Thursday, 27 September 2018

ADB trims Asia’s growth forecast, retains India’s at 7.6% for 2019

Indian economy continues on a robust growth path as it recovers from temporary shocks resulting from the demonetization of large bank notes and the introduction of a national Goods and Services Tax in 2017. Improved domestic demand, steady revival in industrial growth and reduced drag from net exports are expected to help Indian economy maintain its growth numbers.

According to an update of flagship annual economic publication by the Asian Development Outlook (ADO), India is expected to grow at a healthy 7.3 per cent in the current fiscal and 7.6 per cent in FY 2019.

ADB expects growth to maintain its strength and pick up next year as the economy continues to adjust to the reforms and investor sentiment improves. India's economy grew by a strong 8.2 per cent in the first quarter of FY 2018.

Further, in its Asian Development Outlook report, the ADB maintained developing Asia's growth forecast at 6 per cent this year, but trimmed the projection for 2019 to 5.8 per cent from 5.9 per cent in July amid the growing trade dispute between the world's two largest economies and tighter global liquidity.

The United States and China has imposed fresh tariffs on each other's goods as the world's biggest economies showed no signs of backing down from an increasingly bitter trade dispute that is expected to hit global economic growth.
Meanwhile, China's growth projection for this year has been kept at 6.6 per cent, but next year's outlook has been slashed by 0.1 percentage point to 6.3 per cent amid sluggish demand growth and the grumpy relationship with the U.S. Beijing has set a growth target of around 6.5 per cent this year, the same as last year, which it handily beat with an expansion of 6.9 per cent.
South Asia is poised to remain as the fastest growing in the region as the ADB maintained its growth estimates of 7 per cent for this year and 7.2 per cent for next year.

However, moderating export growth, hastening inflation, net capital outflows and a deterioration balance of payments clouded the growth outlook for Southeast Asia, with growth this year projected to slow to 5.1 per cent from the July forecast of 5.2 per cent.

In addition to the trade war, signs of the U.S. economy overheating could prompt the Federal Reserve to raise interest rates at a faster-than-expected pace, which would pose a risk for countries in the region already contending with currency weakness and the threat of capital flight. Countries with elevated private debt like Malaysia, China, South Korea and Thailand could experience destabilizing effects on their financial sectors.

Latin Manharlal Group

Wednesday, 5 September 2018

India’s economic growth quickens to 8.2% in April-June

Despite the falling rupee and the growing concerns around a possible global trade war, India’s economic growth shows signs of a sustainable, V-shaped recovery, spurred by an upswing in manufacturing activity and recovery of private investment, buoyed by strong consumer demand.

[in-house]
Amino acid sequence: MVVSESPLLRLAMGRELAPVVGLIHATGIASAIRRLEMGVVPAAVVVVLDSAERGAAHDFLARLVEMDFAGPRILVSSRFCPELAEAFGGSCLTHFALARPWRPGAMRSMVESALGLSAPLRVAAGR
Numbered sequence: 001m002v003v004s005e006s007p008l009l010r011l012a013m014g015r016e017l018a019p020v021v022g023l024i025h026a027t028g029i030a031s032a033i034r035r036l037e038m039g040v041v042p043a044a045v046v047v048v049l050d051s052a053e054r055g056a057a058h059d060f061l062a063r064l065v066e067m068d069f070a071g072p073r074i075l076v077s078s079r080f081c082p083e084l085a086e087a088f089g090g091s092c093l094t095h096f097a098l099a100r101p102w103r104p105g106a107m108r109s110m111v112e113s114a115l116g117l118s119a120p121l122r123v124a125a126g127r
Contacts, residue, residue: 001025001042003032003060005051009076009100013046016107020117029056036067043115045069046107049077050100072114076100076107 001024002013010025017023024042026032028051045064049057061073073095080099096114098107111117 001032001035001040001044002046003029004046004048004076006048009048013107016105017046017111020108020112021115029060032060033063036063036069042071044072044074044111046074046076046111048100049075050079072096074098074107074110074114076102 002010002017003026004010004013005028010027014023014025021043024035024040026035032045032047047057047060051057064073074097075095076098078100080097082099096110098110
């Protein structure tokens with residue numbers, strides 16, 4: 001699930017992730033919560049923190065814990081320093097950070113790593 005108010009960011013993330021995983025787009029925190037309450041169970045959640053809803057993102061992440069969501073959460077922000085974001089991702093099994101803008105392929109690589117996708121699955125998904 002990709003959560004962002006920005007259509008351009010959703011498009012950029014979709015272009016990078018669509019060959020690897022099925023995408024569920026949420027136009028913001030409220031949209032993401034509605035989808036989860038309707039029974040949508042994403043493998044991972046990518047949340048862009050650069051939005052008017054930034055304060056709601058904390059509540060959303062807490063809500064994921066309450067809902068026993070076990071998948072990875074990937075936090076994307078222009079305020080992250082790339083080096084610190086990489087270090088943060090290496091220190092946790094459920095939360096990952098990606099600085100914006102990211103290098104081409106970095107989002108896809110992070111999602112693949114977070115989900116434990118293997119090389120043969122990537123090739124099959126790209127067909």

According to the Central Statistics Office (CSO), India’s Gross domestic product (GDP) growth rose to a nine-quarter high of 8.2 per cent in the first quarter of 2018-19, compared with 5.6 per cent in the same quarter last year. In the fourth quarter of 2017-18, GDP growth was at 7.7 per cent.

This surge in economic growth ahead of national elections in 2019 would help augment the government amid a debate over its economic record versus that of its predecessor following the release of back-series data recently. The robust surge in GDP data will also be factored in by the Reserve Bank of India’s monetary policy committee at its next review scheduled for October 3-5. 

Further, India continues to remain the fastest-growing large economy in the world, with China's growth coming down to 6.7 per cent in April-June 2018 from 6.8 per cent in January-March of the year.

According to the government data released, manufacturing grew at a nine-quarter high of 13.5 per cent largely owing to a low base effect, while the services sector expanded at a slower pace. The services sector grew at a pace of 7.3 per cent in Q1FY19, down from 7.7 per cent in Q4FY18.
However, economists remained sceptical of sustaining the growth momentum in the coming quarters. There are some risks for the economy looming, which includes higher oil prices, tightening global financial conditions and a shortfall in taxes that could put budget targets out of reach. Further, the rupee’s slump to a record below 71 per dollar could deter foreign investors, fan imported inflation and prompt intervention from the central bank, all of which carry implications for growth.

However, the government expects that even its projections of up to 7.5 per cent of GDP growth in FY19 may be crossed. Reforms and fiscal prudence are serving the economy well and this growth in an environment of global turmoil represents the potential of New India.

In the interim, the International Monetary Fund pegs that Asia’s third-biggest economy will grow 7.3 per cent in the fiscal year through March 2019 and 7.5 per cent in the next. The Reserve Bank of India, which has increased interest rates twice since June to curb inflation, expects the economy to expand 7.4 per cent in fiscal 2019.